• [0148]
    Turning to FIG. 9B, the tooth-facing lingual side 30 a of the bridge portion 30 of the support wall 14 is spaced facially outward from the tooth-facing lingual side 31 of the occlusal/incisal portion 14 a of the support wall 14. The distance of this facially outward offsetting of the bridge portion 14 a relative to the occlusal/incisal portion 14 a exceeds that which is dictated by the curvature of the tooth's facial surface FS, thus resulting in a gap G between the tooth-facing lingual side 30 a of the bridge portion 30 of the support wall 14 and the facial surface FS of the tooth when the stent is placed in the worn position. When the respective attachment 24′ is seated in the target position against the bridge portion 30, only a facially outer portion of the attachment is directly supported by the narrow bridge portion 30, while an inner lingual portion of the attachment reaches inwardly across the gap G from the bridge portion 30 of the support wall 14 to the facial surface FS of the tooth T. Accordingly, access to the base 24 b of the attachment is available via the respective void 28 and the adjoining gap G. The width of the void 28 between the inter-dental areas 14 b of the support wall 32, and the corresponding width of the gap G measured in the same direction, both exceed the corresponding width of the respective window 16 and attachment 24′, whereby access is available to three of the four sides of the attachment's base 24 a through the gap G. This embodiment thus facilitates removal of excess adhesive that may accumulate around the incisal portion of the attachment base, and provides improved visibility to ensure positive seating of attachments on the teeth. As described for other embodiments, the depth of the window at each bridge may be approximately one-third of the attachment height, leaving the gingival two-thirds of the attachment height free of the stent for easy gripping and manipulation thereof, which also helps facilitate passive removal.
  • [0149]
    While FIG. 9 illustrates a stent whose support wall is on the facial side of the arch-shaped occlusal portion 12 for placement of attachments on the facial surfaces FS of the patient's teeth T, the voids, windows and offset bridge portions could alternatively be used in a lingually positioned support wall for placement of attachments on the lingual surfaces of the teeth. In such instance, the bridge portions will be outwardly offset from the incisal/occlusal portions of the support wall in the lingual, rather than facial direction, likewise creating a gap between the teeth and bridge portions in the lingual-facial direction to enable improved access to the base of the attachment via the respective void. While FIG. 9 shows an intra-arch version of the stent, it will be appreciated that similar use of voids and gaps for improved access and visibility to placed attachments could likewise be employed one or both maxillary and mandibular halves of an inter-arch stent.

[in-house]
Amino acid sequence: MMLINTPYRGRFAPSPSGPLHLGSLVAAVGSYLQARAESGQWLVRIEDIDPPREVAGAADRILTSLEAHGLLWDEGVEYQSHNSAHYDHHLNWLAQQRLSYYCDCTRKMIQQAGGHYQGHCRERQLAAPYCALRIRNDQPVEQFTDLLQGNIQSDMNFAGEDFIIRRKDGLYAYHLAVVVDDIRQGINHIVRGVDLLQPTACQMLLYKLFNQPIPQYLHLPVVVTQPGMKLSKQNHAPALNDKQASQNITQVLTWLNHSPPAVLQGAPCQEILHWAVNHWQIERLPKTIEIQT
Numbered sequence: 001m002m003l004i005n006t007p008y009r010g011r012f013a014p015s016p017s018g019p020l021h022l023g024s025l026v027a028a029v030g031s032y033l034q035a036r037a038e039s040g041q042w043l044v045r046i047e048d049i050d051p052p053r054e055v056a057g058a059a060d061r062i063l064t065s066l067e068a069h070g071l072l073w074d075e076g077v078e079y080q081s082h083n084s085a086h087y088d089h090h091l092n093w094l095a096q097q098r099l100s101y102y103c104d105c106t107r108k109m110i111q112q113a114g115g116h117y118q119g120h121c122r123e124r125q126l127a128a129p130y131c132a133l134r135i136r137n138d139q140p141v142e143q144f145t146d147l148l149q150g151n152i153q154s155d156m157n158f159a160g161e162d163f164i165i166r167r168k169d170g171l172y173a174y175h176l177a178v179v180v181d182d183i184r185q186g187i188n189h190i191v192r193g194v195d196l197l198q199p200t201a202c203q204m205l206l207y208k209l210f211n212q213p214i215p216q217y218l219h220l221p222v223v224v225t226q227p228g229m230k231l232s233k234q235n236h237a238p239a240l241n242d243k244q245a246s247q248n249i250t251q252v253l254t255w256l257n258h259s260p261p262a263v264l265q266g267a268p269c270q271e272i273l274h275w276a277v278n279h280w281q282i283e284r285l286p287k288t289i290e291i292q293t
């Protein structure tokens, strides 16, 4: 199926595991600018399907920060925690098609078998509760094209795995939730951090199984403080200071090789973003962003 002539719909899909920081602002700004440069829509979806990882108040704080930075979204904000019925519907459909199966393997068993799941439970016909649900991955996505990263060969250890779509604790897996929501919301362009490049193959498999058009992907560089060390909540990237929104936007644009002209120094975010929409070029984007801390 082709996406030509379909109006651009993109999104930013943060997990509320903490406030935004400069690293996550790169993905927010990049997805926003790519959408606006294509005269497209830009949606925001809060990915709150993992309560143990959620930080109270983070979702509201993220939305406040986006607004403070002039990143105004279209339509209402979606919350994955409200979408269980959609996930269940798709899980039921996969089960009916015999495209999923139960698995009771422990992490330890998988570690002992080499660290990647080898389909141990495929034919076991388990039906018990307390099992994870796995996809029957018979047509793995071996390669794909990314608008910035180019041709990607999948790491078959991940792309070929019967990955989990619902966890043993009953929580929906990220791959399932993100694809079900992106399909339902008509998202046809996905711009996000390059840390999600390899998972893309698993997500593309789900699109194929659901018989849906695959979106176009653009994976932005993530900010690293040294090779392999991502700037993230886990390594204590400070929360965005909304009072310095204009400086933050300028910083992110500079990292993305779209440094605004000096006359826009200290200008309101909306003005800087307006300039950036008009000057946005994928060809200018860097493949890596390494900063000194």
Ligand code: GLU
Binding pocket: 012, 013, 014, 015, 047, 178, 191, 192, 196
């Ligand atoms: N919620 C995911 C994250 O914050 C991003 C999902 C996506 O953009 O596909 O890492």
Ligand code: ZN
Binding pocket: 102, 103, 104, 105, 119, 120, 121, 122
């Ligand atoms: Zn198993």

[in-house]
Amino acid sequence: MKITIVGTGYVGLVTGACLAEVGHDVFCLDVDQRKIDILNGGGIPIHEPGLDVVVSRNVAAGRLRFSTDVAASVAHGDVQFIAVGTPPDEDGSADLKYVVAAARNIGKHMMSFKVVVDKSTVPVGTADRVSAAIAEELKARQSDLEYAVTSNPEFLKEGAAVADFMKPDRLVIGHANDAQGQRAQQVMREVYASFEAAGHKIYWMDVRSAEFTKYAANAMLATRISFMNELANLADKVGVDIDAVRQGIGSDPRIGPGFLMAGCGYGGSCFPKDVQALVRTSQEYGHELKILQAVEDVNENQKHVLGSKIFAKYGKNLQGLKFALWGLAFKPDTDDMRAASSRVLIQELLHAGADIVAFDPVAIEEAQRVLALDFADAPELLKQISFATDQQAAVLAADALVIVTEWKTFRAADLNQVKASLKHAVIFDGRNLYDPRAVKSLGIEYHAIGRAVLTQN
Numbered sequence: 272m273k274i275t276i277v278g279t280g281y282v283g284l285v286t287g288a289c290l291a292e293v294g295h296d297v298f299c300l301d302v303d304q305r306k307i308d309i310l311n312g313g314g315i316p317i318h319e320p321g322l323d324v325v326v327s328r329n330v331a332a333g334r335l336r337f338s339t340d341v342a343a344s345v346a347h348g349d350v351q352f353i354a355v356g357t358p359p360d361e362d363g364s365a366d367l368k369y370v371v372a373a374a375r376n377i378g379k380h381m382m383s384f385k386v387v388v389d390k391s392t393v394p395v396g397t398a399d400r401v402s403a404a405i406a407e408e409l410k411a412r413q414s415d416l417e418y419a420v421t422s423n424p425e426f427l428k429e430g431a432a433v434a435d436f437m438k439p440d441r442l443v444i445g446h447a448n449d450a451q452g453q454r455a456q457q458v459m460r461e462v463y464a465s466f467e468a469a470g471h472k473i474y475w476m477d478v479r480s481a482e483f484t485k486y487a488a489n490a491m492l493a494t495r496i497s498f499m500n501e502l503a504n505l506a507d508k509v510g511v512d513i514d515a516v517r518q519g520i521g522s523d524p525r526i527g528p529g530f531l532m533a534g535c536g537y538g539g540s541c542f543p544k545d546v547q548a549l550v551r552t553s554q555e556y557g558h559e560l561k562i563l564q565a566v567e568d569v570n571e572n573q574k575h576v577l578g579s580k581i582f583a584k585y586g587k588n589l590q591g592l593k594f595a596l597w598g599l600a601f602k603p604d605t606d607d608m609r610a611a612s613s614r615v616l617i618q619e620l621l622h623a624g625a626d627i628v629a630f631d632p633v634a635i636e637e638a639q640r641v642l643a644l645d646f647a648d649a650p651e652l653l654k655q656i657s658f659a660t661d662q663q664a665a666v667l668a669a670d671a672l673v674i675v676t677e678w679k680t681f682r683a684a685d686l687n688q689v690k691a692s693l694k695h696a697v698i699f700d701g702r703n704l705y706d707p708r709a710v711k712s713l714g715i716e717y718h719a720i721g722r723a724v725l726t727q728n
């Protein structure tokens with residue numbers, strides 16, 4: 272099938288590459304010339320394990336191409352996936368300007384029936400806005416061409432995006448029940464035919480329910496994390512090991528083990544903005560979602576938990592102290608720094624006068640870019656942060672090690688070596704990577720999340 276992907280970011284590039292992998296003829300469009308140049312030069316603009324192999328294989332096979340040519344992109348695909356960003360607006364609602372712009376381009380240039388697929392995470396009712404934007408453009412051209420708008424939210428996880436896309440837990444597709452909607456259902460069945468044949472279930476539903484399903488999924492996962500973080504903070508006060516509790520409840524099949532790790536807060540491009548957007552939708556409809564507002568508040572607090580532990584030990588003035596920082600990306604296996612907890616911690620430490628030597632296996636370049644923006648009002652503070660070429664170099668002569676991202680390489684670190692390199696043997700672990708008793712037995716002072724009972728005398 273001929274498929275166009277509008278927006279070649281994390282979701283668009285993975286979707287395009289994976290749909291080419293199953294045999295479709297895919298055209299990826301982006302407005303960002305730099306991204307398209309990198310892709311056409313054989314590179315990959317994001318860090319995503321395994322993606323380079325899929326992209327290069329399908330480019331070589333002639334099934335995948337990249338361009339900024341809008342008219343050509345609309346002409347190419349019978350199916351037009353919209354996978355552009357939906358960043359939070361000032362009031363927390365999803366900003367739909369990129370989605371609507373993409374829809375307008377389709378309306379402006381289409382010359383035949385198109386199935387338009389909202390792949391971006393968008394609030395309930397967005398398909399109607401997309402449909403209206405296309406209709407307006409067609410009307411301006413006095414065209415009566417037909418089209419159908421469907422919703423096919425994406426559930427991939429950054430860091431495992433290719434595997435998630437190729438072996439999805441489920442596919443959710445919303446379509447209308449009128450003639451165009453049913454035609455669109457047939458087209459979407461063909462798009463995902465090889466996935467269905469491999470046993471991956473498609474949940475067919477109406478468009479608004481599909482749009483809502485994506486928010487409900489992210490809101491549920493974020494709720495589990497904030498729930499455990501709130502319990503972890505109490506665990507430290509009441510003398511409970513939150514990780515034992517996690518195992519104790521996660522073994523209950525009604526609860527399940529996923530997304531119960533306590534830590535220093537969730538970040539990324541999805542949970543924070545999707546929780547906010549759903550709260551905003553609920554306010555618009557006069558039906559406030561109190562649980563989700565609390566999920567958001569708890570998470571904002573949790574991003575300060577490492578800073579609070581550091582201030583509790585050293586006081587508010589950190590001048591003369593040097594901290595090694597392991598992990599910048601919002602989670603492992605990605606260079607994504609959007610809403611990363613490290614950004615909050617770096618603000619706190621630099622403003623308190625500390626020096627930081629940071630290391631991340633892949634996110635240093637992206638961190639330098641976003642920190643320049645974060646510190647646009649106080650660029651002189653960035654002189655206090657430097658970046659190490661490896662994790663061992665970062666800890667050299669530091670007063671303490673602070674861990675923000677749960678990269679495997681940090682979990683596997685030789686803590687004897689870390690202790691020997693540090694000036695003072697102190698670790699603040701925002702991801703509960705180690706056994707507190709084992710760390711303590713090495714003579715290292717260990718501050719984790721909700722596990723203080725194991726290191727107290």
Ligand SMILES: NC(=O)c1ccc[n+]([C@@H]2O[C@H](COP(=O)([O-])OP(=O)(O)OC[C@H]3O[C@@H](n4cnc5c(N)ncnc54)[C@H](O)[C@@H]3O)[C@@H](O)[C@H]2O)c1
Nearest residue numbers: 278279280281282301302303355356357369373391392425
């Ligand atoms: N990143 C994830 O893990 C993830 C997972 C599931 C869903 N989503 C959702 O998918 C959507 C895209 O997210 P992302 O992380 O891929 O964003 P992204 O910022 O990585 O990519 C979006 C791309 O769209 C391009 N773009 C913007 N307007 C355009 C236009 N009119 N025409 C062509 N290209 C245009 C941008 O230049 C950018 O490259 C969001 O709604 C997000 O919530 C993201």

• [0150]
    While the described embodiments feature a window depth of approximately one-third of the attachment height, the ratio between the window and attachment sizes may be varied while still retaining the advantage of leaving a gingival portion of the attachment exposed outside the constraints of the stent. The illustrated embodiments with a 1:3 ratio of window depth to attachment height is one example of preferred embodiments in which the window depth is 50% or less of the attachment height, while the window depth other embodiments may vary inside or outside the preferred range, for example with window depths between 25% and 50% of the attachment height, between 25% and 60% of the attachment height, or between 25% and 75% of the attachment height. Any stents disclosed herein configured for placement on the maxillary arch may incorporate palatal coverage/extension to increase retention of the stent intraorally.
  • [0151]